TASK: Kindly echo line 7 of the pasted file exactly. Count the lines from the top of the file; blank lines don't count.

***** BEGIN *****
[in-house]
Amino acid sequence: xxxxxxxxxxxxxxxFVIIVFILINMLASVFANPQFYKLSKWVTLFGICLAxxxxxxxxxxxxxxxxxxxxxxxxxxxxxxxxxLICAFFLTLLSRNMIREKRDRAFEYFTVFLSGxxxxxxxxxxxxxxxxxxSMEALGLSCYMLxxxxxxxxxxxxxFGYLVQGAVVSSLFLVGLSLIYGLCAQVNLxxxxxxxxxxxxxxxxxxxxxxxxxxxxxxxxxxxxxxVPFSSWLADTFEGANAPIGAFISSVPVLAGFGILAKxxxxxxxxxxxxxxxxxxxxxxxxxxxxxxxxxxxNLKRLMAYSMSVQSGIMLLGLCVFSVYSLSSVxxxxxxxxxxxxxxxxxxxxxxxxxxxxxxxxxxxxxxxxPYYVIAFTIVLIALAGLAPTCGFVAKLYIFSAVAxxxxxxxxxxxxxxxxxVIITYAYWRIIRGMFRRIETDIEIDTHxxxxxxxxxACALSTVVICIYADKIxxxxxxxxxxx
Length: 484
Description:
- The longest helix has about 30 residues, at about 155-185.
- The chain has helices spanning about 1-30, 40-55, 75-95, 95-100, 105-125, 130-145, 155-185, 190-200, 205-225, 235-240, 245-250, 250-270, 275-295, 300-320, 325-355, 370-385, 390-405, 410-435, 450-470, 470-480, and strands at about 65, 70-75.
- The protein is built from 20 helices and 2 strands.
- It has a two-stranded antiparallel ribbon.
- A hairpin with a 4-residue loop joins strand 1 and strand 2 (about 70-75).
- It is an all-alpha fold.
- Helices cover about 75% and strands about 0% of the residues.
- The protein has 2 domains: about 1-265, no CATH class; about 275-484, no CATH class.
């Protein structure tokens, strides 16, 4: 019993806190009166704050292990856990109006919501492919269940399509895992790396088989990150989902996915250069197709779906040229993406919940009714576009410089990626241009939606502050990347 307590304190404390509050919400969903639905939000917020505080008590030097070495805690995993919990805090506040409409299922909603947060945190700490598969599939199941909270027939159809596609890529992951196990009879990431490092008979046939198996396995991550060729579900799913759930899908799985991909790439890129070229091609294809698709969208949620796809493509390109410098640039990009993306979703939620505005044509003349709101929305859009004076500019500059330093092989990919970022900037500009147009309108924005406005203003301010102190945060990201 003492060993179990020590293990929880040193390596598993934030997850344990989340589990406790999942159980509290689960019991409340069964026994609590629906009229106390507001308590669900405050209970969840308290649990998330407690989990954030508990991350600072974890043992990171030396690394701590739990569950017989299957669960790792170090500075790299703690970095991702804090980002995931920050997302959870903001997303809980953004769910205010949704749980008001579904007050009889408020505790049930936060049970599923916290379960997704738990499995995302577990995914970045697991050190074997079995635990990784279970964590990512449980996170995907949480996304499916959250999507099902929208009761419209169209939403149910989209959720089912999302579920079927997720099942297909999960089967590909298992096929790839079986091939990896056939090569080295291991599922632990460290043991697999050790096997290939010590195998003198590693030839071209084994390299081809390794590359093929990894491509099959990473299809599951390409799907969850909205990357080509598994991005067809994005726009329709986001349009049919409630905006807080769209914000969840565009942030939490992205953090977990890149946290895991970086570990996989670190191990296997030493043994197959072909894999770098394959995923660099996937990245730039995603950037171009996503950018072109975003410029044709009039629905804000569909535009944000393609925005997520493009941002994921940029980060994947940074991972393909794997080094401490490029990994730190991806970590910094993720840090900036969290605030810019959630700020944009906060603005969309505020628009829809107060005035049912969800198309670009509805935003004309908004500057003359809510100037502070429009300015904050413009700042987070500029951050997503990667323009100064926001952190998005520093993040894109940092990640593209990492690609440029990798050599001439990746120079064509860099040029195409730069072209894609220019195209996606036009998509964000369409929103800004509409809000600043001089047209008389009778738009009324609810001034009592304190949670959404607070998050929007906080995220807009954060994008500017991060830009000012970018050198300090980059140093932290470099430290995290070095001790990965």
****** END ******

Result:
- The protein is built from 20 helices and 2 strands.